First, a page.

Advertisement -- Learn more about ads on this site.


    SWEET_CAROLYN   26,237
SparkPoints
25,000-29,999 SparkPoints
 
 

Clarification about Yesterday's Post


Thursday, November 14, 2013

I wanted to clarify somethings I talked about in yesterday's post ( www.sparkpeople.com/mypa
ge_public_journal_individu
al.asp?blog_id=5540242
) now that I'm not as emotionally charged.

Thank you, in advance, to the people who responded, for challenging me to think through my opinion.

On one hand: there are people who are obese who refuse to do anything. The way insurance premiums work is we all pay into a pool and when you have a health concern, you draw out of that pool. The problem is that people who are unhealthy and obese tend to draw a lot more out of the pool with high blood pressure medications, CPAP, surgery, diabetes, etc.

So should I, a healthy "skinny" individual pay so that an obese person who refuses to lose weight to get healthy can continue to abuse the system?

On the other hand: I was obese (probably morbidly obese) and the only way I could get healthy was to cure the addiction. Curing the addiction didn't come in the form of an insurance company saying, "You're fat and going to pay more money". I would have just complained and paid up, to be honest. It wouldn't have motivated me to change.

I am most certainly NOT condoning a "do nothing" approach. I am not saying, like some Health at Every Size advocates do, that you can be obese and healthy (though I'm sure there are people, like heavy-weight lifter, Holley Mangold, who can; check this out: sports.espn.go.com/nba/n
ews/story?id=2008024
). I am saying that there shouldn't be a stigma for being fat and that raising prices on insurance premiums won't make an unhealthy obese person go, "Oh, crap, I have to pay X amount more per month for insurance - I should lose weight to go into the next lower bracket!"

It is my personal opinion that we need to start hitting at the food industry for tighter restrictions and better quality HEALTHIER products.
SHARE

Member Comments About This Blog Post:
AJDOVER1 11/15/2013 8:04PM

    There are no easy answers here. In general, I guess I'd like to have lower health premiums because I'm in good health. However, we can't force people who NEED health care to pay more than they can afford. It's not like car insurance where bad drivers can lose the privilege to drive. Health care is essential.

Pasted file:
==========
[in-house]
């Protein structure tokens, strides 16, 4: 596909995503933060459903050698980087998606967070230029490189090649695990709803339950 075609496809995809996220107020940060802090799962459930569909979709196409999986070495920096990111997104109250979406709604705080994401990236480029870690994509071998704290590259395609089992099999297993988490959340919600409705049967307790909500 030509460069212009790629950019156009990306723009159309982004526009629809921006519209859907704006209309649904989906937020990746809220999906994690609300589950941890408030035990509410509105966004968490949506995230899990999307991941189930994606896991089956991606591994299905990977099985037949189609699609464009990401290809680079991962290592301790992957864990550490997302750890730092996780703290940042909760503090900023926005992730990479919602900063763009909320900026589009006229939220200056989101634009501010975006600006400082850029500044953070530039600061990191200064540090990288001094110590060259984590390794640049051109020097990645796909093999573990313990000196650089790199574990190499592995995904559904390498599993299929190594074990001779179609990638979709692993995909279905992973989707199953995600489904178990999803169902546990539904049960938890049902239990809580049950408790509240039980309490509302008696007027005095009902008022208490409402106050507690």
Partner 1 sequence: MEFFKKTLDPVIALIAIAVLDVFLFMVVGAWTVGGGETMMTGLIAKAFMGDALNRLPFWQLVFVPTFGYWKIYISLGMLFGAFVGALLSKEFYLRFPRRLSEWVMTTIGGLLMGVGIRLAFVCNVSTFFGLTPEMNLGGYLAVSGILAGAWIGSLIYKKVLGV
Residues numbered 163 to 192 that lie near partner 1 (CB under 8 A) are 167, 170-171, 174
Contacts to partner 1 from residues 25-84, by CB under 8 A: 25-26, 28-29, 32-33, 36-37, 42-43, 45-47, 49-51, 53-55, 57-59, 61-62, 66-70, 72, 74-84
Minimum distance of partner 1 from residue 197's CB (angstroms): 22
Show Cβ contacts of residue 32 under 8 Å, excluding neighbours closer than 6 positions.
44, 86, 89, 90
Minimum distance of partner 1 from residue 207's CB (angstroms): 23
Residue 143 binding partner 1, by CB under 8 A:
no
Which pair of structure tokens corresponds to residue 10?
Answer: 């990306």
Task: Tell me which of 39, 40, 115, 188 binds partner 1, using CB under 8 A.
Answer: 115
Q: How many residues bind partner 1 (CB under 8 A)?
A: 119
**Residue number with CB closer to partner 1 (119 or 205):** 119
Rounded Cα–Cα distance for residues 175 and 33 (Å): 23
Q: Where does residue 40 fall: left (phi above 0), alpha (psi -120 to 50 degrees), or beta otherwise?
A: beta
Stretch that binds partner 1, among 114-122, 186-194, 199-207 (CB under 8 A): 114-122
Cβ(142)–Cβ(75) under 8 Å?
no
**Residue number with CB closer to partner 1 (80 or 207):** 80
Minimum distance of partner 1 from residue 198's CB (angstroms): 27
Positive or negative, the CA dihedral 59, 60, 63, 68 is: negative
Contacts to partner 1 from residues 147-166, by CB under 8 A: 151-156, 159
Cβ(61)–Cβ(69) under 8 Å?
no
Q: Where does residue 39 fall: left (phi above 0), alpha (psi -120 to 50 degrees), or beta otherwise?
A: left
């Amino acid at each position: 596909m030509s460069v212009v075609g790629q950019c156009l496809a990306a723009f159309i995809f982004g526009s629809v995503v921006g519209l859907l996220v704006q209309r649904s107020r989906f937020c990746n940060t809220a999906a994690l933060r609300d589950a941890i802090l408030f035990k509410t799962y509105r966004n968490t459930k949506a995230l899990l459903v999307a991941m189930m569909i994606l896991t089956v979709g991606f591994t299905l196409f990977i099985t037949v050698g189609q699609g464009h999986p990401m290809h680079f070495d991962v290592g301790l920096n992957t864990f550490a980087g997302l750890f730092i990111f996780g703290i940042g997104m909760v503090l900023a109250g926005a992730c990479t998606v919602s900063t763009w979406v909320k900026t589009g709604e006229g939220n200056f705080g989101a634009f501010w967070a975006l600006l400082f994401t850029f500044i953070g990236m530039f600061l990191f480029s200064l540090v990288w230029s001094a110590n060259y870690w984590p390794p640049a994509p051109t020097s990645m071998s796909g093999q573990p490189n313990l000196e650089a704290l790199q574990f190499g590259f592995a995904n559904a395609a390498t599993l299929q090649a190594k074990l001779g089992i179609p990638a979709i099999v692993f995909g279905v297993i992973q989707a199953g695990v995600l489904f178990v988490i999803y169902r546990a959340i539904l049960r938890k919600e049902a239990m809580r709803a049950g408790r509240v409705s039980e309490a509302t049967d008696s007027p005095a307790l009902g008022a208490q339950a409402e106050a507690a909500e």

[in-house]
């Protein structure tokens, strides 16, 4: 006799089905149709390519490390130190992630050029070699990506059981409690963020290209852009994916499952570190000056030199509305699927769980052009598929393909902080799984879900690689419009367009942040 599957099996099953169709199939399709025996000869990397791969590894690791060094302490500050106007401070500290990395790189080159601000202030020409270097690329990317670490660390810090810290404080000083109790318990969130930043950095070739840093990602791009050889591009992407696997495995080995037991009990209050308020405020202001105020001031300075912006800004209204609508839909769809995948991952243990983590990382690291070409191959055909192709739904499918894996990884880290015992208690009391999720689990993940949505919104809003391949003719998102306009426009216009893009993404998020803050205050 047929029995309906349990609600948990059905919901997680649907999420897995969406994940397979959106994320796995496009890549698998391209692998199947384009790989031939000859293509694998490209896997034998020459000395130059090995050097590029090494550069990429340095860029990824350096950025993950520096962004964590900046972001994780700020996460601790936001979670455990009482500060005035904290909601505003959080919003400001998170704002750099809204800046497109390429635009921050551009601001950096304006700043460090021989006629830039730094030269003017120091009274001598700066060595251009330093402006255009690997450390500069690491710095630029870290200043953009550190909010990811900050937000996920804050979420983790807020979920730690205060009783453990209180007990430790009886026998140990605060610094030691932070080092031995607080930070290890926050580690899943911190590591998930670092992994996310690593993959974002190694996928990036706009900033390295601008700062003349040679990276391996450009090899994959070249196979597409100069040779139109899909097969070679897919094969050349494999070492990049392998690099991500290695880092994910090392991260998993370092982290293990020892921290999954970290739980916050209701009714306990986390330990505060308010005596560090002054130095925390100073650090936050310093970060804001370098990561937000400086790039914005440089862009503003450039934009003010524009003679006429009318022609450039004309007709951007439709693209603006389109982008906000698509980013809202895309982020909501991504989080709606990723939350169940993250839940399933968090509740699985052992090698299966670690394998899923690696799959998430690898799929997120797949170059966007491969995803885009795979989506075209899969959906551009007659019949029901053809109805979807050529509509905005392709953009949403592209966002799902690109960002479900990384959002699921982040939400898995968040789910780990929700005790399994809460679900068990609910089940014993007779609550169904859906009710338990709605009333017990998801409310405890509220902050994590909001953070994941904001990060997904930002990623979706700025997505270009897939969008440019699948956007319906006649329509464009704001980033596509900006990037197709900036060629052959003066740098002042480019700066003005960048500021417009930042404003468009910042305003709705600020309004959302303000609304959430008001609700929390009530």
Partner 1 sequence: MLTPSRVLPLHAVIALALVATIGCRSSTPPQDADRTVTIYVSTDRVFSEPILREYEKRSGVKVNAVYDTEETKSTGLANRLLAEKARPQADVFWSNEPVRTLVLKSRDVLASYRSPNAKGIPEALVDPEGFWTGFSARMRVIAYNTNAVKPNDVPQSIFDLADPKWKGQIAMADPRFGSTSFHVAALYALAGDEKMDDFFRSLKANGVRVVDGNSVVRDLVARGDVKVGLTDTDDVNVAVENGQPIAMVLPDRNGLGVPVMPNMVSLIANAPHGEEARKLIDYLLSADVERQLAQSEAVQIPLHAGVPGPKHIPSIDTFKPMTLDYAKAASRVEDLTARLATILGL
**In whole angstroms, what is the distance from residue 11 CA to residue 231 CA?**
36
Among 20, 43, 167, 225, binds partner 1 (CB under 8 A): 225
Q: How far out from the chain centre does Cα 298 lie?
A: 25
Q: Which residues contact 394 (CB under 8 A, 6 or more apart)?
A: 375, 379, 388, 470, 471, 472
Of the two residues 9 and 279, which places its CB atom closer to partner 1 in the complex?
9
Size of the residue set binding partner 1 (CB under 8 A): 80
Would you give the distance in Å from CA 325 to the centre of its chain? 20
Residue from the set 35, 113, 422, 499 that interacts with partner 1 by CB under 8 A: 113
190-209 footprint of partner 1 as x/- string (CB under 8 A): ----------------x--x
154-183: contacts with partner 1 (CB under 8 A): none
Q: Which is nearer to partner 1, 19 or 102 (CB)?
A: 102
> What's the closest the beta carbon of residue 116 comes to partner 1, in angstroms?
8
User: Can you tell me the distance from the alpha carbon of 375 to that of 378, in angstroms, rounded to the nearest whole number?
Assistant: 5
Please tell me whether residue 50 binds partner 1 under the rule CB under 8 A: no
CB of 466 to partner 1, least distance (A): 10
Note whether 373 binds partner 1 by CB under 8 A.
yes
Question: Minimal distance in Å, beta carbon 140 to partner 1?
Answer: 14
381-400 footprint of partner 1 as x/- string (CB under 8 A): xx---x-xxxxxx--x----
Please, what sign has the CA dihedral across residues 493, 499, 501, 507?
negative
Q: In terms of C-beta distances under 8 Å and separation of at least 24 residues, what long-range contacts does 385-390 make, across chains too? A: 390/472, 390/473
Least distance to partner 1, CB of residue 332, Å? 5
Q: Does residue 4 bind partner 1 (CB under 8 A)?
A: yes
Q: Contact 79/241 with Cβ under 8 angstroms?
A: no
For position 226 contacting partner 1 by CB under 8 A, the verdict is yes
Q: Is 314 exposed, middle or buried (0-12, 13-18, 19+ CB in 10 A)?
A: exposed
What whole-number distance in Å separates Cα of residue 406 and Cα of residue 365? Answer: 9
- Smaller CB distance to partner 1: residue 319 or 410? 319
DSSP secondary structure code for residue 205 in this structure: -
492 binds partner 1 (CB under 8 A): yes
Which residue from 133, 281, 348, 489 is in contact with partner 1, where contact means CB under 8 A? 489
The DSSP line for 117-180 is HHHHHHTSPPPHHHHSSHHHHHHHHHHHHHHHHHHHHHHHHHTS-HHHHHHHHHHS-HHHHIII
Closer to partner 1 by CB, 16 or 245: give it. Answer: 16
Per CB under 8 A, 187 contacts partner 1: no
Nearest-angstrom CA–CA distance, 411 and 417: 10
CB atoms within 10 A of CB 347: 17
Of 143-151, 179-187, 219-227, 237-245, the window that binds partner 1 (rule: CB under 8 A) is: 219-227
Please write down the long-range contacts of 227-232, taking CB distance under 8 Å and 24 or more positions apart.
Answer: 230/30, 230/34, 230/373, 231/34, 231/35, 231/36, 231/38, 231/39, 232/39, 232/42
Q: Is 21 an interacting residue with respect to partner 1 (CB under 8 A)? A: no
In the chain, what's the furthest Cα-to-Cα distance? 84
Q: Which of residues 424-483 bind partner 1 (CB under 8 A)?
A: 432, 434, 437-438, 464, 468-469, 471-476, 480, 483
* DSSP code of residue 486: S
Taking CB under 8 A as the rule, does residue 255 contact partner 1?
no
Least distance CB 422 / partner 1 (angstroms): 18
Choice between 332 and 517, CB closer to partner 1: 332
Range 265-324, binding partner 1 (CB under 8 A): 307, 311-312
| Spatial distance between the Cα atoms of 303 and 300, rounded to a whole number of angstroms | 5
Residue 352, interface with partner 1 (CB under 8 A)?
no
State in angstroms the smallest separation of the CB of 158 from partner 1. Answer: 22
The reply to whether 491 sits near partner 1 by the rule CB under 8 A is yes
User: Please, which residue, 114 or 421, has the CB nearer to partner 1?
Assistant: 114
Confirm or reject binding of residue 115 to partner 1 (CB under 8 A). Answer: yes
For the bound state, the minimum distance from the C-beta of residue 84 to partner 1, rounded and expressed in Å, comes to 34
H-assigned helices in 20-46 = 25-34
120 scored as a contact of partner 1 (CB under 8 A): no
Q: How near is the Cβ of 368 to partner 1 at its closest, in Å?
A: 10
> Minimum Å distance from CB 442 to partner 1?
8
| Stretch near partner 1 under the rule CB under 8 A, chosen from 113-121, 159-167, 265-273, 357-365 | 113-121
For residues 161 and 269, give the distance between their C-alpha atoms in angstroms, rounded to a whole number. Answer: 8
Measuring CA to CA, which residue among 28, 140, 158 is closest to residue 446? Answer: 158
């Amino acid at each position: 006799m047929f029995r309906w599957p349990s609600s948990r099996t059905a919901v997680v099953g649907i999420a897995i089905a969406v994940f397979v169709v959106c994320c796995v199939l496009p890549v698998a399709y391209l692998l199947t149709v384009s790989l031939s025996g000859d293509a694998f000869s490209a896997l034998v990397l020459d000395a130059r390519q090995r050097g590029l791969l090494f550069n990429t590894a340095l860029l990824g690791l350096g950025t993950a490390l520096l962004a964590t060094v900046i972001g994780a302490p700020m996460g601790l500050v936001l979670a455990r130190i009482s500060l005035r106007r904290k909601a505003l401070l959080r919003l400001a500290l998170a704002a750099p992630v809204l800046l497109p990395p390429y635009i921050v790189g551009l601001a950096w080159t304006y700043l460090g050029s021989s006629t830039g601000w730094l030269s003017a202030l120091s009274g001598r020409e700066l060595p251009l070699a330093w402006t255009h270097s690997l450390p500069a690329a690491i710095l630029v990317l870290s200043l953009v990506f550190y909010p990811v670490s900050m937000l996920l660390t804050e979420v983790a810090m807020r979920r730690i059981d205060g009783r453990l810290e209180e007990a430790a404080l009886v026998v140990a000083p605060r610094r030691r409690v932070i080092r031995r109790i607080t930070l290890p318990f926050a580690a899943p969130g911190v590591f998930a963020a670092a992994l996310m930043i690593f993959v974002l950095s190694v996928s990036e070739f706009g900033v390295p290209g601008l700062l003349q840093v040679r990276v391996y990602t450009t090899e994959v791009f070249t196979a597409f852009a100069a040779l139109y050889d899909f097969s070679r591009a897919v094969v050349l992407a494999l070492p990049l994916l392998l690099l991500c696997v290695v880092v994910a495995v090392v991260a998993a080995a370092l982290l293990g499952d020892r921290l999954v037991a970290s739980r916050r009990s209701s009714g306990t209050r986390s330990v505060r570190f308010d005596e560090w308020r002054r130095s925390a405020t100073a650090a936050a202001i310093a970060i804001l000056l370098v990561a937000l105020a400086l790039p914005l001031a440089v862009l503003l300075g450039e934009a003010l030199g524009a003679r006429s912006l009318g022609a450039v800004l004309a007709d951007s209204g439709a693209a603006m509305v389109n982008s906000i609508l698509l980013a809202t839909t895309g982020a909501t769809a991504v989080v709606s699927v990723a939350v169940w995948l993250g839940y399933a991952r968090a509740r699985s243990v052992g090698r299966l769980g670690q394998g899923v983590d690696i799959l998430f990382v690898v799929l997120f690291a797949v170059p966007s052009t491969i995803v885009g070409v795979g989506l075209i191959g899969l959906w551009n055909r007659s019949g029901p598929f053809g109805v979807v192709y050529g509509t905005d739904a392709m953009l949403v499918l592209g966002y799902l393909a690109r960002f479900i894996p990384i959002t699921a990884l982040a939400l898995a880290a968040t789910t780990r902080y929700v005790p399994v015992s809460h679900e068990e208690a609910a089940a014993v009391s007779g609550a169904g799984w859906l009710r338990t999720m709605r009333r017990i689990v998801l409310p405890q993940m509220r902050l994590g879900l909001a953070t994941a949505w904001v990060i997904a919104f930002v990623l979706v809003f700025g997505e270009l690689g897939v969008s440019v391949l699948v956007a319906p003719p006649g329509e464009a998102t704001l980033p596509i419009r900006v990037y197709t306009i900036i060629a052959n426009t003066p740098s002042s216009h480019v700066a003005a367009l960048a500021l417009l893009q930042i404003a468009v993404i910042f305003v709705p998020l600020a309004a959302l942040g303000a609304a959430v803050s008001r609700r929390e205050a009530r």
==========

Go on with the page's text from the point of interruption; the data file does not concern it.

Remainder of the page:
I'm also horrified at the garbage and toxic crap that manufacturers put in food, but my solution is to educate myself and make good choices. I'm really blessed that I can afford to eat fresh, unprocessed food and it's readily available where I live.

I also eat ice cream on occasion.


Report Inappropriate Comment
DIETROCKSTAR 11/14/2013 8:40PM

    Does raising the cost of using crack stop addicts from using crack? Just saying...........

Report Inappropriate Comment
PRINCESS_SOFI 11/14/2013 1:13PM

    Sometimes the only way people will get motivated is through money, like not paying the higher premiums or winning an office pool for most weight % lost or something. I think the shift toward making the food industry healthier is happening just not fast enough. With Obamacare came the nutritional menus and calorie counts in some states. I think those will eventually become mandatory everywhere. Every restaurant has some kind of "lean" option even if it isn't that healthy. Honestly, I don't think insurance companies care about making people healthier in general. Employers only care about what it costs them in rates. But that is why there are other programs out there and free tools like Sparkpeople. At the end of the day, you can't lose the weight for them.

Report Inappropriate Comment
LOFLLAMA 11/14/2013 12:59PM

  Personal responsibility isn't for everyone.

Report Inappropriate Comment

Add Your Comment to the Blog Post


Log in to post a comment.
 


Other Entries by SWEET_CAROLYN